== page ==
January 30, 2013 at 8:17 PM
NEWTON, NJ - The meeting for the Town of Newton took place as scheduled on Monday night, although meetings in other municipalities were cancelled due to the inclement weather from earlier in the day. The Town of Newton meeting, however, adjourned at 7:36 p.m., with council staying longer for an executive session.
The topic of timber salvage was the main subject of discussion during the night, which was led by Dave Simmons, the town's engineer, from Harold E. Pellow & Associates.
"We're talking about harvesting storm-damaged timber," said Simmons.
Following Superstorm Sandy, Simmons said the town's forester evaluated the area by the town's water treatment plant, which is located in Sparta adjacent to Morris Lake, and found there are miscellaneous spots surrounding the water treatment plant where trees had been damaged.
One spot of focus may require the creation of a right-of-way through a resident's property, with permission from the resident required to gain access.
This spot primarily has deciduous trees (trees that lose their leaves in the winter), which would be a more urgent reason to remove the matter.
"In the area he [the forester] saw downed matting, and there with deciduous trees, it would probably be there for decades," said Simmons.
When members of the council inquired what the town may reap from harvesting the timber, Simmons approximated about a $5,000 revenue.
Deputy mayor Joe Ricciardo was one of the ones uncertain if potential damages to the resident's property by traversing through it, compounded with legal fees to draw up paperwork for the transaction, would be worth it.
"The potential for damage is there," said Ricciardo. "I don't know if it's worth it in legal fees."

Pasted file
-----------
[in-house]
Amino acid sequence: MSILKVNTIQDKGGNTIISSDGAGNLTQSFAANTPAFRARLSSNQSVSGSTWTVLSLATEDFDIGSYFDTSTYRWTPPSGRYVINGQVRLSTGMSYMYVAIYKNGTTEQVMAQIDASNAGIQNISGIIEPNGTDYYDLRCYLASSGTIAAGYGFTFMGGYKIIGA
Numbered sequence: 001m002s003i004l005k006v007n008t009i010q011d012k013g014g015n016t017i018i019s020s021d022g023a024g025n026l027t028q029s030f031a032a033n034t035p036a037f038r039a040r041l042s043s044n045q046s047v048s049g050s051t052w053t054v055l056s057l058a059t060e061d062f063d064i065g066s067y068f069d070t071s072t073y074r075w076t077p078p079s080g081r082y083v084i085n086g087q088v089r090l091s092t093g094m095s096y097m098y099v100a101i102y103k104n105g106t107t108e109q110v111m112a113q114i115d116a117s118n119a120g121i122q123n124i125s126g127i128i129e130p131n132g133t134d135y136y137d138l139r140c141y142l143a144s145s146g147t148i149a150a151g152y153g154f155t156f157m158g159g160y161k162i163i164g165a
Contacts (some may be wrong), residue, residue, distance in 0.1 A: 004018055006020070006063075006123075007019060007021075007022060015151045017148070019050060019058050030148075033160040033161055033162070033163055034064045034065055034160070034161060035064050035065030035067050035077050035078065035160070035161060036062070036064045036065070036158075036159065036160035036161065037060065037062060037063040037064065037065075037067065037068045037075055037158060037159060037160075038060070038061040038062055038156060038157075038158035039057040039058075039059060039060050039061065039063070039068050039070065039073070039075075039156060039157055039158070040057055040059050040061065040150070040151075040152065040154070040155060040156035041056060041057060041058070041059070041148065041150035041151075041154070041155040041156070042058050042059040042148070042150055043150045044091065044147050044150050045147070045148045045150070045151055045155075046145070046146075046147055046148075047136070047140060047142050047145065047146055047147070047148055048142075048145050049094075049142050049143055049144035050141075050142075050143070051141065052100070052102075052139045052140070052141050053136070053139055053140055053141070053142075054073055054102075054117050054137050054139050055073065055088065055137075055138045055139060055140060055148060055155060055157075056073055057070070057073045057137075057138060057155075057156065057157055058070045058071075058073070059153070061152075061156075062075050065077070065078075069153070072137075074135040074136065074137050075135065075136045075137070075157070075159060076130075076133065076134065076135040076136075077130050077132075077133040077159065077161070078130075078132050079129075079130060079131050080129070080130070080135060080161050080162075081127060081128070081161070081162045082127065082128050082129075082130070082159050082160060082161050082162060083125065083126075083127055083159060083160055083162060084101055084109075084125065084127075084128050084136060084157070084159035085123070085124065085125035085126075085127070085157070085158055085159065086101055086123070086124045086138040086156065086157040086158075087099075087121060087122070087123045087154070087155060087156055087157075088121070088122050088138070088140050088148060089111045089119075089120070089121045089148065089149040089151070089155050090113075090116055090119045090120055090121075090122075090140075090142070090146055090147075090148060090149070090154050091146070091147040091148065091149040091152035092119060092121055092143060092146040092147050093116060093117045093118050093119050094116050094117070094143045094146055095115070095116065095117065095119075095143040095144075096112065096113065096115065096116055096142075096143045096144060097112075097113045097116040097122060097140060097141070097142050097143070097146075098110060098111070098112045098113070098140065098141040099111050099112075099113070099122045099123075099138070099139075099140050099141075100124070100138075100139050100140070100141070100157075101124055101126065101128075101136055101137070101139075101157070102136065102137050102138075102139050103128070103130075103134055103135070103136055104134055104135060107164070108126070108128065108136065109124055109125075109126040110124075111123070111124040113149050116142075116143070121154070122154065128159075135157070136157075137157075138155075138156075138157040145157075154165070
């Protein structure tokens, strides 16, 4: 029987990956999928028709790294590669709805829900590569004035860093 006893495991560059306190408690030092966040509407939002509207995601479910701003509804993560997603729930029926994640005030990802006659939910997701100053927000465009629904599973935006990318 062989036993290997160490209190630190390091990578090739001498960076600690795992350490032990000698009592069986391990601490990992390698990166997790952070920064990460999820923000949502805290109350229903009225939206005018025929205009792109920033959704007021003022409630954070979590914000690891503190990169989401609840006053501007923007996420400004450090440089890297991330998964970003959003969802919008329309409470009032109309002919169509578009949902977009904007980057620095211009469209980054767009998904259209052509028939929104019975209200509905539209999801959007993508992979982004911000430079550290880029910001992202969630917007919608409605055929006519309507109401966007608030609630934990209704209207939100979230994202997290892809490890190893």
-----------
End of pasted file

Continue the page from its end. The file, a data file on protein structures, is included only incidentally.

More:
Ricciardo, along with other members of the council proposed if the easement became permanent, it would be worthwhile to them.
Town of Newton Town Manager Thomas S. Russo, Jr., and the town attorney, Ursula Leo, will speak with the property owners to negotiate the possibility of a permanent easement. According to Simmons, the forester made contact with one of the property owners. The owners are a mother and daughter, and he spoke to the daughter, who indicated she wanted to discuss the proposal of the town using their property as an access, with her mother.
In other business:
Russo said the town saved $50,000 over the last two years, on electricity costs. Effective Dec. 1, 2013, the town's electric rates dropped from 8.9 cents to 7.98 cents, in the online energy auction.
Russo said the town council will participate in the tentatively scheduled joint council and school board presentation to honor the Newton High School Boys' Soccer Team, for their state championship win, on Feb. 20.
A citizen recently approached the town about permanently naming the section informally known as "Art Alley." Russo said he thought the idea was interesting, and needed Leo to draft up paperwork to make the change. Russo suggested local artists and students can become involved, by painting murals and graphics in the alley. "We are marketing ourselves as the arts and heritage portion of the county," Russo said, with the town becoming known as an "arts, dining, and entertainment destination."
Gary Posey, Captain of the Newton First Aid Squad, thanked the mayor and town council for their efforts in establishing a LOSAP (Length of Service Awards Program), for members of the squad. The town introduced the ordinance at the meeting to offer the program. LOSAP was created in 1998 through the State of New Jersey Department of Community Affairs, to provide tax-deferred income benefits active volunteers of an agency, such as a first aid squad or fire department.
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